After diagnosis and implementation of a treatment plan, cognitive and behavioral symptoms will change as the disease progresses, so regular evaluation should be performed to allow adaptation of treatment strategies. It is encouraged for the caregiver to accompany the patient at all times and to serve as a monitor for history-taking. In dealing with behavioral symptoms, early recognition and treatment can reduce the costs of care and improve the quality of life of the patient and the caregiver. In managing cognitive symptoms, there are drugs at present that treat the symptoms of Alzheimer’s disease, temporarily slow the worsening of symptoms, and improve the quality of life for patients and their caregivers.2
- Stages of Alzheimer’s. Alzheimer’s Association. https://www.alz.org/alzheimers-dementia/stages. Updated 2020. Accessed 2020.
- Alzheimer’s Association. https://www.alz.org/professionals/health-systems-clinicians/management. Updated 2020. Accessed 2020.
Truths and Myths about Alzheimer’s Disease
Just like many other diseases, there are common misconceptions about Alzheimer’s disease. These misunderstandings may stand in the way of treatment and should be clarified to help those affected.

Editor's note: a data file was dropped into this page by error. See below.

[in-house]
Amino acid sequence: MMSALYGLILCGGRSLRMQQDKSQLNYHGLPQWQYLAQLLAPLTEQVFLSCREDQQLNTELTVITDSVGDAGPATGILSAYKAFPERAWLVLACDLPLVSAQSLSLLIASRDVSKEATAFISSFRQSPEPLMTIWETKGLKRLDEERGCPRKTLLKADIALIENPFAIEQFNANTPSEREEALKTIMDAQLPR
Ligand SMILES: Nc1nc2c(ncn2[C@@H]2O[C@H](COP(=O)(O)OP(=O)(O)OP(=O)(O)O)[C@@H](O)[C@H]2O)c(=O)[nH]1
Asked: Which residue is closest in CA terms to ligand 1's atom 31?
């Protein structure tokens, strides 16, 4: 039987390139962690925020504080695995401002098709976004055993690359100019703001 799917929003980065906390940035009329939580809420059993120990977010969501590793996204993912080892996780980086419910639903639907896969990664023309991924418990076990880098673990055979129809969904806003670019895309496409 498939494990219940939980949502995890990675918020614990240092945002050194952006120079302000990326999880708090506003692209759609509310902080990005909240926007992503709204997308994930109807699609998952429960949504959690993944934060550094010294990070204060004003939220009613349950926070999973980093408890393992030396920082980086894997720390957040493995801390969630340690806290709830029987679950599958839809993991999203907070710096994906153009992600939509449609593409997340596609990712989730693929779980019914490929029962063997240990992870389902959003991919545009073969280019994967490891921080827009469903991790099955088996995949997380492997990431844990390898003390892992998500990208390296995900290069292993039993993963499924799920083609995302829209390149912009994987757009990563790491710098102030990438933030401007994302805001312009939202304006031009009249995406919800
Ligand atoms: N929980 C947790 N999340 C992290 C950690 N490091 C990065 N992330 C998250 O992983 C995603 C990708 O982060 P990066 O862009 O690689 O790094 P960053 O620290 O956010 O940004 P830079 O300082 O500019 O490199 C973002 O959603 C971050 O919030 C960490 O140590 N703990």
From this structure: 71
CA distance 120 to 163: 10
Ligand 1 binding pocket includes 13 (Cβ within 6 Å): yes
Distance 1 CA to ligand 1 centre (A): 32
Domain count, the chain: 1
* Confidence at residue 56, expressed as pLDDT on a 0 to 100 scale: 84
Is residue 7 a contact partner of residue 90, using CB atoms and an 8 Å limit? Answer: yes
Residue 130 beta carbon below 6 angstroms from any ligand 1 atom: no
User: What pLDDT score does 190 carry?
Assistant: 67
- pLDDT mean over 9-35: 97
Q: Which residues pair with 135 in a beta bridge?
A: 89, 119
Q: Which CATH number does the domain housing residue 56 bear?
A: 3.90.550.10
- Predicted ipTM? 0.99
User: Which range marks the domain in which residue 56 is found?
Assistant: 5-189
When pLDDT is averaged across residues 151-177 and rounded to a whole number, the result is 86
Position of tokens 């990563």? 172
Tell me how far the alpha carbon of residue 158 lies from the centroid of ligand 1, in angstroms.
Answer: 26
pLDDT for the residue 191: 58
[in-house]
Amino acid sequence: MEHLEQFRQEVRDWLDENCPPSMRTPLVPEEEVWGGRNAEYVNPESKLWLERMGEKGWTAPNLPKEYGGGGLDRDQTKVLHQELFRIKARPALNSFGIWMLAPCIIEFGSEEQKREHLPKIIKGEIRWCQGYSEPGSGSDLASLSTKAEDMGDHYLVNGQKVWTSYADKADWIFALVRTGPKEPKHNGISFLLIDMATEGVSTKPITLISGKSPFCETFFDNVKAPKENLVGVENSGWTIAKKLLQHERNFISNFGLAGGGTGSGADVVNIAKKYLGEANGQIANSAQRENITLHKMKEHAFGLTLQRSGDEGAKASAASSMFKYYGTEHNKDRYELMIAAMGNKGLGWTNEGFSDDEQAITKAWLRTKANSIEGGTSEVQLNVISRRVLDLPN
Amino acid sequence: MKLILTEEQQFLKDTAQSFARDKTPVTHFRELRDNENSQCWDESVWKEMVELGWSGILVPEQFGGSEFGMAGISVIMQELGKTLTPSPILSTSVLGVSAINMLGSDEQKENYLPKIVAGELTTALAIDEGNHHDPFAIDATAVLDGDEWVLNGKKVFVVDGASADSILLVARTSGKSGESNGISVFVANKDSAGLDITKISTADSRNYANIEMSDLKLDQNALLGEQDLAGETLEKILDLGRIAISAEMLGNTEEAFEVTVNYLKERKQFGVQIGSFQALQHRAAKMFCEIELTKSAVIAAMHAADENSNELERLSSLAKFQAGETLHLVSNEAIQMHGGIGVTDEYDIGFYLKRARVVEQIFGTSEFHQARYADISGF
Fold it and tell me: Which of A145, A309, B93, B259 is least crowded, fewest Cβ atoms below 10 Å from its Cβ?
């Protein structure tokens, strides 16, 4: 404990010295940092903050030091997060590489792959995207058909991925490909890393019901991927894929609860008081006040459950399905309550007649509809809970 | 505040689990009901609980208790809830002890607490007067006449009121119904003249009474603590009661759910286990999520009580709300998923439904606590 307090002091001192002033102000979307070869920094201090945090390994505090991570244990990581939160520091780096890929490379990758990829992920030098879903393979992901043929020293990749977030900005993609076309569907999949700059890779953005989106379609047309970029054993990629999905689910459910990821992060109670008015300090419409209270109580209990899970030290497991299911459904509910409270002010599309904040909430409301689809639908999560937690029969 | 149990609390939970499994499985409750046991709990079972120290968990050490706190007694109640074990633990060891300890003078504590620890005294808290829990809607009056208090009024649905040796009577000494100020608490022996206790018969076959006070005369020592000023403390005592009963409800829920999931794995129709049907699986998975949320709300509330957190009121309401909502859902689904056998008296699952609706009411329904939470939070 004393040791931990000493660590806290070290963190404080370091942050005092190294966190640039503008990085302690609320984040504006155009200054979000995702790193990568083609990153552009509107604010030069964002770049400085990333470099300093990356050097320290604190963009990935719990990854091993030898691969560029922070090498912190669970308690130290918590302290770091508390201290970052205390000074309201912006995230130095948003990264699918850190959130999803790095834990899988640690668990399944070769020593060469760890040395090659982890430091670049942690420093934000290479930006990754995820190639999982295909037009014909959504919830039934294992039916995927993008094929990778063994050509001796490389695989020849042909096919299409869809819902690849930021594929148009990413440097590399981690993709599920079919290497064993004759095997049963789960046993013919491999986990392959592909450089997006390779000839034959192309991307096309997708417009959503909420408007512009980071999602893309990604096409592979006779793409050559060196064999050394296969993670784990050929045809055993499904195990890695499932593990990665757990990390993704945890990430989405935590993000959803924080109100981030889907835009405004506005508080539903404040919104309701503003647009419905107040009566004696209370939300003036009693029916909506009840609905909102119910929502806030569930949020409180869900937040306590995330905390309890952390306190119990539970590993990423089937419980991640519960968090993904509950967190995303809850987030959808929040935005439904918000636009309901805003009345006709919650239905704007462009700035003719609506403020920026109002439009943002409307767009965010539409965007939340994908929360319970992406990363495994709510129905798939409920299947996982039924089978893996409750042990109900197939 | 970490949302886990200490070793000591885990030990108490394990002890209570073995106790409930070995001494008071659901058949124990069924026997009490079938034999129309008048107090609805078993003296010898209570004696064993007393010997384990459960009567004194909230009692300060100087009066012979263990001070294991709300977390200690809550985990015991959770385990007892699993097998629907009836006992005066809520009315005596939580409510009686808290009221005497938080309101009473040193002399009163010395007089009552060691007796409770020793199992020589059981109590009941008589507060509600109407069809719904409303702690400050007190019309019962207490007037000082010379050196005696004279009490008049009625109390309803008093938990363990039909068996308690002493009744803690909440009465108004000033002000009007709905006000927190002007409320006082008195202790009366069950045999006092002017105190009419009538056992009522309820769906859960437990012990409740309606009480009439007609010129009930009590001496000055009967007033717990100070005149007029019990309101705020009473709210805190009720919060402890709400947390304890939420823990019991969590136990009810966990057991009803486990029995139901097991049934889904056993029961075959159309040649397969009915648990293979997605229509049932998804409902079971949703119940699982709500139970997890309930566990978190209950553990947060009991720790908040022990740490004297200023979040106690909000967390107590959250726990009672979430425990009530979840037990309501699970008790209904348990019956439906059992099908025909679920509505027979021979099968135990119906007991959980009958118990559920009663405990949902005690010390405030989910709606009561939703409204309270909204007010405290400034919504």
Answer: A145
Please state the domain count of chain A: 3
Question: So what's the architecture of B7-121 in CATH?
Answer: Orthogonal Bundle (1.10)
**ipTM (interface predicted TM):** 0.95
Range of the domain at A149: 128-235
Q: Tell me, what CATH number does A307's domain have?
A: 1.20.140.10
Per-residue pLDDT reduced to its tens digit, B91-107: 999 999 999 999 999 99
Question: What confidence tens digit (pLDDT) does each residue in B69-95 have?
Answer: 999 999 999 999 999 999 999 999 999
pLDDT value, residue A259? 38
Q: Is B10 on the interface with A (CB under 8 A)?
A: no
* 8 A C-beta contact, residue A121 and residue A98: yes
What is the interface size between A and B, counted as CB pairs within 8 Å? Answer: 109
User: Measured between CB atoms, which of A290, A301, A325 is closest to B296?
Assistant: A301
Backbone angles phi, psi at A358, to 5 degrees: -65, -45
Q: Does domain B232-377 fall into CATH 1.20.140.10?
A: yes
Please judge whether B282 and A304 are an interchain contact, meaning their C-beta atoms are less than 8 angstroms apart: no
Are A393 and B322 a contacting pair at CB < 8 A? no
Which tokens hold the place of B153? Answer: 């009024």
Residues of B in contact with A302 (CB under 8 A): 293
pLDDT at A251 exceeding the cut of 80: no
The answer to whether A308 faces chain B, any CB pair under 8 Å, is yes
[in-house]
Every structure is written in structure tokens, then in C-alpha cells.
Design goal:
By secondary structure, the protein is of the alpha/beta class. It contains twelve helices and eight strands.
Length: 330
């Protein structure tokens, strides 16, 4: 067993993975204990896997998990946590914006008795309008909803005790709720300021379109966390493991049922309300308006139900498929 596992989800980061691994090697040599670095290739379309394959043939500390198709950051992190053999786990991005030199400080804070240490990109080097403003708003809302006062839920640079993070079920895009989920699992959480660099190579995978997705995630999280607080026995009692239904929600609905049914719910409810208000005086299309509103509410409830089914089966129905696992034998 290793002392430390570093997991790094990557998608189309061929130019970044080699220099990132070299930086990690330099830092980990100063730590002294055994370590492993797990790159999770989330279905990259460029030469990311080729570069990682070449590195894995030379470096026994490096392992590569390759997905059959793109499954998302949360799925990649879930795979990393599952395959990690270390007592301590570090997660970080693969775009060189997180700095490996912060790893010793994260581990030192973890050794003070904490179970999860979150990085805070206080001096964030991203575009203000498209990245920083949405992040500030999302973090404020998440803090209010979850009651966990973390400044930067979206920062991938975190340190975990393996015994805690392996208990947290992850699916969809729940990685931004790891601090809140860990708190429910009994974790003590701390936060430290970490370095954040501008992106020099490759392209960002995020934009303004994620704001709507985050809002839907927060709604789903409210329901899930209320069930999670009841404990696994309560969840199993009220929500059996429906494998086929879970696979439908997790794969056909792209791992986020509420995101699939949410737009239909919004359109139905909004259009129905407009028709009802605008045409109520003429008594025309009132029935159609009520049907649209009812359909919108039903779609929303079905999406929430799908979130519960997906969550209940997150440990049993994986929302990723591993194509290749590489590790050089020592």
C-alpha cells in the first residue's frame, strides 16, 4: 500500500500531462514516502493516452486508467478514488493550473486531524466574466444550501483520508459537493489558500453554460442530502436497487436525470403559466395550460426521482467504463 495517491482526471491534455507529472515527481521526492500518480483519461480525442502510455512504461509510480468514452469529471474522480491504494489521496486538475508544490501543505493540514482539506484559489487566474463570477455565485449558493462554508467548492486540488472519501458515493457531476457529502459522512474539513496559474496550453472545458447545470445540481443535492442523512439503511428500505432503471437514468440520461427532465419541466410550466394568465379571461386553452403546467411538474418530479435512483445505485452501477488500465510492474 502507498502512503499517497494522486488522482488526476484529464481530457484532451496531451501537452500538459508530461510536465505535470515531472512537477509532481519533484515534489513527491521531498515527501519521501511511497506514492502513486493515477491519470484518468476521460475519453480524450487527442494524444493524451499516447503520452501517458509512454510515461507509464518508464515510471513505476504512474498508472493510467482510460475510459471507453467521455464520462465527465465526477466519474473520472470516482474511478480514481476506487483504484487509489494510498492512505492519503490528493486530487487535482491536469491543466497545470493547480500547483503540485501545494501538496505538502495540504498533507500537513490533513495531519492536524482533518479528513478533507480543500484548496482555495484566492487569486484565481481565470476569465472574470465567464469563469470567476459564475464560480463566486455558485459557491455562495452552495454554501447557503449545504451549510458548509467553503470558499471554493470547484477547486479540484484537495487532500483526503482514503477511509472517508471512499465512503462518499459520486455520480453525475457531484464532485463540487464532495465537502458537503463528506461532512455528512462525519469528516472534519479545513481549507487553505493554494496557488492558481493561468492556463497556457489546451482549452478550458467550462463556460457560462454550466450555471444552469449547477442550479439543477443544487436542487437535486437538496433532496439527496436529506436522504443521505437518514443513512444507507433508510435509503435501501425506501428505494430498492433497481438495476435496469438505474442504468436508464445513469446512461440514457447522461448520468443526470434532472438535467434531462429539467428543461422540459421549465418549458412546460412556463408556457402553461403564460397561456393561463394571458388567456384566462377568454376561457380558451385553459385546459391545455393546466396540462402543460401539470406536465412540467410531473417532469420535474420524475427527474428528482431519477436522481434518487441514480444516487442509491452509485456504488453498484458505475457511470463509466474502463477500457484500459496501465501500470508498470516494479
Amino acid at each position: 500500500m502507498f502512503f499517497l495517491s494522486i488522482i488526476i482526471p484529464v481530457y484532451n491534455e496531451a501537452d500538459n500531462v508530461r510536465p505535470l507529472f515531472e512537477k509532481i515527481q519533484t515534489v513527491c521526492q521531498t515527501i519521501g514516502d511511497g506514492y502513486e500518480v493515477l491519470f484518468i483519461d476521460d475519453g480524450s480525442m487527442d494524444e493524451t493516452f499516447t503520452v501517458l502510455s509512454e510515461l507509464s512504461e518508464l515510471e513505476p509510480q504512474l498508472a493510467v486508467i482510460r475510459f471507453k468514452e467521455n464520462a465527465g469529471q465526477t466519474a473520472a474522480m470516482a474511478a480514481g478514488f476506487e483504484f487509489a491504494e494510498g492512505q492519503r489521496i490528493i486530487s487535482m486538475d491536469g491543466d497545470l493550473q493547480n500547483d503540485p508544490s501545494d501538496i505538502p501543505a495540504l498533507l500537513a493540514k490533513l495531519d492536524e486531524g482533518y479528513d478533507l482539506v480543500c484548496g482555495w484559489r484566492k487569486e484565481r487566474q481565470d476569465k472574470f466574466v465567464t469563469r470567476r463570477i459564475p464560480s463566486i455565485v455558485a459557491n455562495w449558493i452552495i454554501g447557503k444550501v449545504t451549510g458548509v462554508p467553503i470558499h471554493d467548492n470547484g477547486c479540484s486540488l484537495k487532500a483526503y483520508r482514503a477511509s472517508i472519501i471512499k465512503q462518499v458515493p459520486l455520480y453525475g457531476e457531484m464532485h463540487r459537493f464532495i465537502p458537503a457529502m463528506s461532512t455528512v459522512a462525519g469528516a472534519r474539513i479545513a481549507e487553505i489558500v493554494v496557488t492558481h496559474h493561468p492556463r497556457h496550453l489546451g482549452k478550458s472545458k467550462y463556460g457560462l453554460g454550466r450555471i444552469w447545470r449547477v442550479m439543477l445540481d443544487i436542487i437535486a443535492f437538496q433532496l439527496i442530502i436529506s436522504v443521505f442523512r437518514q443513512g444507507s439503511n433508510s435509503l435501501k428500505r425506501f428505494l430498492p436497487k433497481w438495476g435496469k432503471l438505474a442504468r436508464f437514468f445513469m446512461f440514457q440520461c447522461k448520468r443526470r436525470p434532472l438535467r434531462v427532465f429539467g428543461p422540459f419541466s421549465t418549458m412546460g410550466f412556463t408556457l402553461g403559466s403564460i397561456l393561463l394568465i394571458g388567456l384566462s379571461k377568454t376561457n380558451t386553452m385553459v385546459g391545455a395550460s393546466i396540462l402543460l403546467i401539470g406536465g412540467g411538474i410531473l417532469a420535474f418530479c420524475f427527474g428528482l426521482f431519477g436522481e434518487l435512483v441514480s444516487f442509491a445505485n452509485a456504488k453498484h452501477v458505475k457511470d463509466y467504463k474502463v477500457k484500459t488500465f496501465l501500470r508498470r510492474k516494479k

Myth: Alzheimer’s is a natural part of aging.
Truth: While there may be occasional memory problems as you age, Alzheimer’s is more than just occasional memory loss, such that it causes brain cells to malfunction and die. It may be difficult to determine which is a normal memory problem from Alzheimer’s, but there is relevant information that can help you tell the difference. If your memory problems concern you, it would be best to consult your physician.1
Myth: Only older people get Alzheimer’s.
Truth: Alzheimer’s is more common in people ages 65 and older, but in early-onset Alzheimer’s, it can strike people in as early as in their 30s. 1
Myth: If one of my parents develop Alzheimer’s, it means I will get it too.
Truth: Family history and genetics is a risk factor but not a guarantee of developing Alzheimer’s. Familial Alzheimer’s diseases was noted to account for only less than 5% of all Alzheimer’s cases.2
Myth: Alzheimer’s disease is preventable.
Truth: There is currently no treatment to prevent the development of Alzheimer’s, but proper exercising of the mind and body, healthy diet, avoiding stress, and staying socially active may help reduce your risks of developing the disease.2
Myth: If I get diagnosed with Alzheimer’s, my life is over.
Truth: The progression of Alzheimer’s varies per person, and even so, with early diagnosis and proper treatment and care, one can remain active for many years, which is why early diagnosis is important.2
- Alzheimer’s Association. https://www.alz.org/alzheimers-dementia/what-is-alzheimers/myths. Updated 2020. Accessed 2020.
- Myths and realities about Alzheimer’s disease. Alzheimer Society Canada. https://alzheimer.ca/en/Home/About-dementia/Alzheimer-s-disease/Myth-and-reality-about-Alzheimer-s-disease. Updated October 2019. Accessed 2020.